Election Statement – Small Firms and Sole Practitioners
The LSO needs to be responsive to the needs to small firms and sole practitioners while not losing focus on the original mandate of the Society to regulate lawyers and protect the public interest. Effectively regulating lawyers does not mean additional bureaucratic process.
The LSO must instill confidence in their members who predominately practice in small firms – that their voice is heard.
Financial Accountability to members is of paramount importance. This includes holding the line on membership fees and ensuring that the LSO budget balances.
In my view there is no need to have deficits. In addition, the LSO needs to be vigilant in understanding the potential cost to members of any by-laws and regulations imposed. LSO programs should be reviewed regularly to ensure efficacy and cost effectiveness.
Diversity in the Profession
I have a clear first hand understanding of the requirement for diversity in the profession, and the need to work to break down barriers that may exist for entry to the profession. My family is from Trinidad and my ethnic origin includes Lebanese and Syrian ancestry. The LSO needs to foster efforts to remove barriers and encourage diversity in the profession, however, simple statements required to be signed by members will not fulfill this goal. The LSO should encourage meaningful mentoring within the profession and provide CPD credits, or other incentives for those that undertake this. I am in favour of promoting and encouraging diversity in the election of benchers but am not in favour of mandating representation.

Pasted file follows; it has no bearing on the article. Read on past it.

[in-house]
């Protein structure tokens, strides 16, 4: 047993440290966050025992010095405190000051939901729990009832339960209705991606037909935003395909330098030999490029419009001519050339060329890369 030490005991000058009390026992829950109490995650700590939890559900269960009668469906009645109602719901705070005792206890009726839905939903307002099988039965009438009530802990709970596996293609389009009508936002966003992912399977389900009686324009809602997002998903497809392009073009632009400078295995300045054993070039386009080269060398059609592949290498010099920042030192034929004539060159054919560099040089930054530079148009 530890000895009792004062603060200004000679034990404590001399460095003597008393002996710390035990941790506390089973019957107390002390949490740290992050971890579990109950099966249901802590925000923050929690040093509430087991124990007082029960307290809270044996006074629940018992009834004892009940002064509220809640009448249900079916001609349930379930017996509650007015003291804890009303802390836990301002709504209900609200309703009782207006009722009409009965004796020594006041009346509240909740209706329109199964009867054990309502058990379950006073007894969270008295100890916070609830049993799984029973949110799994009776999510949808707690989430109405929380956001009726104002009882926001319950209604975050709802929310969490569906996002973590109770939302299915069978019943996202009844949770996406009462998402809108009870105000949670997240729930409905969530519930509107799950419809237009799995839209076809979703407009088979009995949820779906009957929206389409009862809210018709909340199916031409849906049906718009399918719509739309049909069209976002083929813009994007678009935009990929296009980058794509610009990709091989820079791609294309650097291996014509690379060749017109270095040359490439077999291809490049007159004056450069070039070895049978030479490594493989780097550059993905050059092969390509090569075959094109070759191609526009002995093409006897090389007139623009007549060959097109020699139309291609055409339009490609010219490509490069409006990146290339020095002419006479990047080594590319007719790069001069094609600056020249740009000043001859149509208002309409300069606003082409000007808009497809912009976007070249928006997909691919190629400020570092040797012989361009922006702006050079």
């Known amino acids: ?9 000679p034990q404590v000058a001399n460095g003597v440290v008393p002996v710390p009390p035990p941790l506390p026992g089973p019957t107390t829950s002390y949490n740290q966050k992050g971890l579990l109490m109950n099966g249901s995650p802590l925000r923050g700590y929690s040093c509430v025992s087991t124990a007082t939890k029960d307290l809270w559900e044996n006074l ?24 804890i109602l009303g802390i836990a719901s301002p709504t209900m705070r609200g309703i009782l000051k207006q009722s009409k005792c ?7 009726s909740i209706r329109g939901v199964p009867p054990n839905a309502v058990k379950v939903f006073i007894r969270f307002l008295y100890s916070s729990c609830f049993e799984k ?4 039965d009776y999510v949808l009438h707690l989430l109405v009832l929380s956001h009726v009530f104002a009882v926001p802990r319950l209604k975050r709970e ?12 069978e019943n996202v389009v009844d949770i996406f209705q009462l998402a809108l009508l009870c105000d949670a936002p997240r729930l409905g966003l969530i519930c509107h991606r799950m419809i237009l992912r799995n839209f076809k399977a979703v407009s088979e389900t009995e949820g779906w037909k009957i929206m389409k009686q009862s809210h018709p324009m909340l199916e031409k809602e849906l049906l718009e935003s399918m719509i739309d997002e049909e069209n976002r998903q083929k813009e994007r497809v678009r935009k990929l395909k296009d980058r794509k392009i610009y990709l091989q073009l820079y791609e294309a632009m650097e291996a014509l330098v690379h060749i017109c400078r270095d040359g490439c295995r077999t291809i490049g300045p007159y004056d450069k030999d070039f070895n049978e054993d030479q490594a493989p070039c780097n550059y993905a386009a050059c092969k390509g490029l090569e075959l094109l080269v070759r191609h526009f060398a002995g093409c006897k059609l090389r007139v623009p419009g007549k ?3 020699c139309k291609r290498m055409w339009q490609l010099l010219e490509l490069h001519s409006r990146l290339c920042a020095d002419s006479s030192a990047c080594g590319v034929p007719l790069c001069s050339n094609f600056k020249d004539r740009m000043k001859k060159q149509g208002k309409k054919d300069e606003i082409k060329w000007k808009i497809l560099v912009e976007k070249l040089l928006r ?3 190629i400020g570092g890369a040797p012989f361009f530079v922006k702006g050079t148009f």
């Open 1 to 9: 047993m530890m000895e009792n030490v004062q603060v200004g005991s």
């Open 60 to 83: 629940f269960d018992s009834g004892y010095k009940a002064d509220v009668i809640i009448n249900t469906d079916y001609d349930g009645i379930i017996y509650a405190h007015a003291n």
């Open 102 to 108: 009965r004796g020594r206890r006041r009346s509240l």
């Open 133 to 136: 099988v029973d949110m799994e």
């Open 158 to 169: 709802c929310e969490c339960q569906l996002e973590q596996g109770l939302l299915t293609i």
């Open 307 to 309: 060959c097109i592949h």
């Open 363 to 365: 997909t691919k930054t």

The Pregnancy Leave benefits for lawyers provided by the LSO should be reviewed. Women only receive the benefits if they have gross billings of less than $50,000 in the preceding 12 months; this is a restrictive threshold that excludes many women.
With many students unable to find traditional articling roles the LSO should look for ways be creative in its approach to Licensing. The LPP should be carefully reviewed for effectiveness. The LSO must also be diligent in guarding against the exploitation of students.
The LSO must be vigilant in prosecuting lawyers for significant offences. However, they must strike a balance between protecting the public interest and proportionality in disciplinary measures, especially when dealing with sole practitioners and small firms. I recently had a discussion with a sole practitioner whose license was suspended on an interim basis by the LSO, while he had a non-violent criminal case pending in court. In my view taking away their ability to earn a living was not a proportionate response as he essentially was found guilty before his case was heard. I would also work to streamline complaints which are frivolous. I believe a lawyer’s time and energy is better spent attending to their clients’ needs rather than responding to unmeritorious accusations.
The Nuts and Bolts
In 28 years as a litigator I have obtained skills of problem solving, respectfulness and pragmatism. I will bring these skills to the role as bencher. I believe that benchers have a difficult job to do but through honest effort and vigorous debate we can come to decisions to address the challenges facing the legal profession in Ontario. I encourage any colleague to contact me directly to further discuss the issues or their concerns. If elected I promise to engage colleagues in the issues and gain broad input before voting on controversial issues. I would be grateful for your consideration and support. For further information my email address is email@example.com and my direct line is 416-323-3614.